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Tuesday, 31 March 1998
Page: 2035


Mr MOSSFIELD (10:40 PM) —I would like to speak about the efforts being made in my electorate of Greenway and in New South Wales in general to reduce the number of pedestrian fatalities, particularly among school children. Total pedestrian fatalities during 1996 Australia wide in the naught to 16 age group was 190; 59 were from New South Wales. In 1997 the national figure was 162; 50 were from New South Wales. These figures are far too high.

A national organisation called HOPE—Helping Our Pedestrians Everywhere—is operating out of a council community centre in my electorate. HOPE was established in 1991 when a local student died after being knocked down by a car when alighting from a school bus in Kildare Road, Blacktown. HOPE now has branches in Springwood, Tweed Heads, Queenscliff and the Gold Coast. One of the early programs of HOPE was to promote the use of distinctly coloured school buses. With the support of St Lukes Grammar School, Dee Why, Lindisfarne Anglican College, the Lakeside Christian College at Tweed Heads which supplied their busses, Wattyl Paints, Heckla Lights, 3M Australia and Newfema Pty Ltd which provided the materials, there are now three yellow safety buses being used to transport children to school each day.

Mrs Val Moorhouse, HOPE President, has announced a national campaign to eliminate black spots where school children could be killed getting off school buses. Mrs Moorhouse said the campaign would identify and study possible causes of black spots. The information collected would be studied and then submitted to the relevant state authorities for action. Information sought would include the name of the deceased children, the exact location, time and day of the accident and types of vehicles involved. This would allow HOPE to set up a national register which would provide information to governments to eliminate accidents involving school children.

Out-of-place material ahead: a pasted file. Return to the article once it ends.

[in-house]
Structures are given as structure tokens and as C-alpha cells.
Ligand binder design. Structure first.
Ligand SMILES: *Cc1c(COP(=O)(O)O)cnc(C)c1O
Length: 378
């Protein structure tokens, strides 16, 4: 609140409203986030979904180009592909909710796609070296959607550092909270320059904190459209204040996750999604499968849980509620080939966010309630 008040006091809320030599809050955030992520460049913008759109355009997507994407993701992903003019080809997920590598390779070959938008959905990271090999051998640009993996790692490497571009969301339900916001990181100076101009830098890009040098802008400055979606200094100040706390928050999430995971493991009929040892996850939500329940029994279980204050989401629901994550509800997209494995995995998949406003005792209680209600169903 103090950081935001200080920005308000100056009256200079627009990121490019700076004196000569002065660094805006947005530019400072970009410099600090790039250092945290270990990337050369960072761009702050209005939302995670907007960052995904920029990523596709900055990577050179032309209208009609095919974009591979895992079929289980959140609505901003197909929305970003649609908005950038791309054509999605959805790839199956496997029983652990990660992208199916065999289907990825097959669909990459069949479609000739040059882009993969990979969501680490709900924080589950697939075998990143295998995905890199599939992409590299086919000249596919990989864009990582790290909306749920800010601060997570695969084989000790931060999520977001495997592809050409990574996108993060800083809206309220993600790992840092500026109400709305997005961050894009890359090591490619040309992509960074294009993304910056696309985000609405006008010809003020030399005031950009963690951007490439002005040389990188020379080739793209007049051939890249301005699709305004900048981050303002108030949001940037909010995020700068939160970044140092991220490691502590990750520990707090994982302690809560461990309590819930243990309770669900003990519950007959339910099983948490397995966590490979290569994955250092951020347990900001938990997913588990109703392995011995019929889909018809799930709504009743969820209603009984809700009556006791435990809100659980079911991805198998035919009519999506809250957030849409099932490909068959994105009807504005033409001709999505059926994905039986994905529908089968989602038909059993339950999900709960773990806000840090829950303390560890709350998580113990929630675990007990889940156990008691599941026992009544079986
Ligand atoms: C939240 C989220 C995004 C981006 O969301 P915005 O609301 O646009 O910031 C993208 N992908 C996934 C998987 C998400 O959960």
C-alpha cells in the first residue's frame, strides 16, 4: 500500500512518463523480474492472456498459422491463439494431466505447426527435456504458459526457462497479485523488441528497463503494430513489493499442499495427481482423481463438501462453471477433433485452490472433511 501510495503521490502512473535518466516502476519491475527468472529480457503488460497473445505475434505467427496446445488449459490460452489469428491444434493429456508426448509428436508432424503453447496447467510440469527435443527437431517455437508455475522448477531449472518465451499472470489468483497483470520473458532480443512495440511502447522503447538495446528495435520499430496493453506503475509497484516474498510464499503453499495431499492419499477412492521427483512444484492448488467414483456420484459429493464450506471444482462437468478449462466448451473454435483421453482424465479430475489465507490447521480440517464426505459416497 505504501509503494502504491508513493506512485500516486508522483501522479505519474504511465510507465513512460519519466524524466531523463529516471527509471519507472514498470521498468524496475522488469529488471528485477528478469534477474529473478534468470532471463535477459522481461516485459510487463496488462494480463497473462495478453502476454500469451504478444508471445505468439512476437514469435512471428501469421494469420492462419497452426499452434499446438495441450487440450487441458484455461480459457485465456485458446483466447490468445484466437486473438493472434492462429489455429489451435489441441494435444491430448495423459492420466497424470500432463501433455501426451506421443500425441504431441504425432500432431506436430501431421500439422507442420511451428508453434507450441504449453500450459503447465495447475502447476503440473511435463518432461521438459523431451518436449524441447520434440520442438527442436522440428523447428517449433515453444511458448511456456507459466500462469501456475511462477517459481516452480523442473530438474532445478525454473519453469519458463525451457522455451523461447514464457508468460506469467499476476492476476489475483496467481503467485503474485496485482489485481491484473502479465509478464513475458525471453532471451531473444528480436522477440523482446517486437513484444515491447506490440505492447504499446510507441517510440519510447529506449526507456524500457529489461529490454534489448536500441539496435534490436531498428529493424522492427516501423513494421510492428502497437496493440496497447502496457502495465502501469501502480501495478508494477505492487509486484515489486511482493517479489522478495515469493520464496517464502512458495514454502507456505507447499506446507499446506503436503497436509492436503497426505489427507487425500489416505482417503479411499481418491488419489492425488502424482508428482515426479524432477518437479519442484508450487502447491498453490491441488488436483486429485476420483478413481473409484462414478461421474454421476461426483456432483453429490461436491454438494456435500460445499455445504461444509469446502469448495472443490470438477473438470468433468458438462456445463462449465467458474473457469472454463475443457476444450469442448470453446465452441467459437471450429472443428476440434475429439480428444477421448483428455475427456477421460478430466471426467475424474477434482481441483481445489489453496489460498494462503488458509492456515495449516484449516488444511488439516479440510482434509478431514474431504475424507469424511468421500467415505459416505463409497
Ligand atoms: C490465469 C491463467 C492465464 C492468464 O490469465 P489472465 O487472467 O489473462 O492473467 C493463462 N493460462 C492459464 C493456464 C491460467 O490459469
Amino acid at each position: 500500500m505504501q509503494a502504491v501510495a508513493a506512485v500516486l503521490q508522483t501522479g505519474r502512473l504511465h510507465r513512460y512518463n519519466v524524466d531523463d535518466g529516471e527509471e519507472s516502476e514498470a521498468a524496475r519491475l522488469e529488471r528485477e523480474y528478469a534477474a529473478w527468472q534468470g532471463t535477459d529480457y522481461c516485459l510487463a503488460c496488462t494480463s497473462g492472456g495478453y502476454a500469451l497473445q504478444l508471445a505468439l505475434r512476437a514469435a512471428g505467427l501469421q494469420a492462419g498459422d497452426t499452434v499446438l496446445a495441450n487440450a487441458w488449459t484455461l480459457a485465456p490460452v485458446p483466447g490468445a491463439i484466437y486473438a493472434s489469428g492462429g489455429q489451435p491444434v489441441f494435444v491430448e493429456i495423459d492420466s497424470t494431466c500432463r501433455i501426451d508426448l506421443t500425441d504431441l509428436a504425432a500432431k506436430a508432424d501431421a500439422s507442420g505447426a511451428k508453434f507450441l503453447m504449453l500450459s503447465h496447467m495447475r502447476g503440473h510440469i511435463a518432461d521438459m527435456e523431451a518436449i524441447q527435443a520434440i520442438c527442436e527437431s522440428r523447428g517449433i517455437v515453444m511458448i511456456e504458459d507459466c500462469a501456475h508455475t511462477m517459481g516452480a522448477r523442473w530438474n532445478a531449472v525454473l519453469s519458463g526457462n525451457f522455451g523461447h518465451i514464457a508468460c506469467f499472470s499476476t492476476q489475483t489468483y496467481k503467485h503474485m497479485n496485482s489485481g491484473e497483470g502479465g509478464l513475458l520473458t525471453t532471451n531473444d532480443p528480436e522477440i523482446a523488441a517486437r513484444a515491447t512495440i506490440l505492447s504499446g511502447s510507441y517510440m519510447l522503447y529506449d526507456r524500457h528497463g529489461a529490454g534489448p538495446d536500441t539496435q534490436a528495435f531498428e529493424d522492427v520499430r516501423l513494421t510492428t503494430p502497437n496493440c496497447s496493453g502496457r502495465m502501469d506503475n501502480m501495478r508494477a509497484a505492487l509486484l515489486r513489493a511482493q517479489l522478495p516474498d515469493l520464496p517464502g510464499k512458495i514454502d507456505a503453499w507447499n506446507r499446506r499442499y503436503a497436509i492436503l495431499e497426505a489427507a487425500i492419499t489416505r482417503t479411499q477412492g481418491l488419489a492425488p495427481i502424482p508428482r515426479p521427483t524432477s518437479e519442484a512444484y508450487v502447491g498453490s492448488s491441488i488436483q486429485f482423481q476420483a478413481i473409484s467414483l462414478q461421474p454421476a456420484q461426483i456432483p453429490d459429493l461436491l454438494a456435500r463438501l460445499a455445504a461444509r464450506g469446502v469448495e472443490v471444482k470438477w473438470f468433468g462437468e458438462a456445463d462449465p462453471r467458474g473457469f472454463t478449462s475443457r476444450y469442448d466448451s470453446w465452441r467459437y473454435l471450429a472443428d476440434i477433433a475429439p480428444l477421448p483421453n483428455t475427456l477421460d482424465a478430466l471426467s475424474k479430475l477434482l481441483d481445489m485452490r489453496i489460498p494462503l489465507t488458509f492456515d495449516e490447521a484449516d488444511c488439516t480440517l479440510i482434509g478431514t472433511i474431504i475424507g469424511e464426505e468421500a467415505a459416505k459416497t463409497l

I would also like to mention the work carried out by Mr Brian Evans, who suffered a personal tragedy when his son was killed after alighting from a school bus. Mr Evans publishes an information bulletin which is designed to raise issues concerning road safety for school children. The February 1998 bulletin draws attention to delays in implementing a number of stay safe committee recommendations in a school child pedestrian safety around buses report, published in November 1994. Some of these recommendations still to be implemented are: vehicles permitted to pass school buses in either direction at 40 kilometres per hour, buses able to run ahead of schedule without statutory controls and inadequate enforcement of road rules around schools and along school travel routes.

Mr Evans also refers to a program being conducted by the New South Wales government entitled `Safer routes to school programs'. The program involves the systematic investigation of the travel patterns of primary school students and the development of educational and behavioural initiatives to improve student safety. In particular, the program focuses on the issue of adult supervision on the journey to and from school for school children under the age of 10 years and initiatives to address this issue.

Involvement in this program is voluntary. Each school may register to be involved and then must set up a school safety committee made up of the RTA, local council, school community and possibly local police, bus companies and community road safety groups. So far I am pleased to say that 60 per cent of schools have committed to the program with most of the remainder expected to be signed up by mid-first term this year. I congratulate Mr Evans and Mrs Moorhouse and her HOPE committee on the valuable work being carried out to protect the lives of young Australian school children.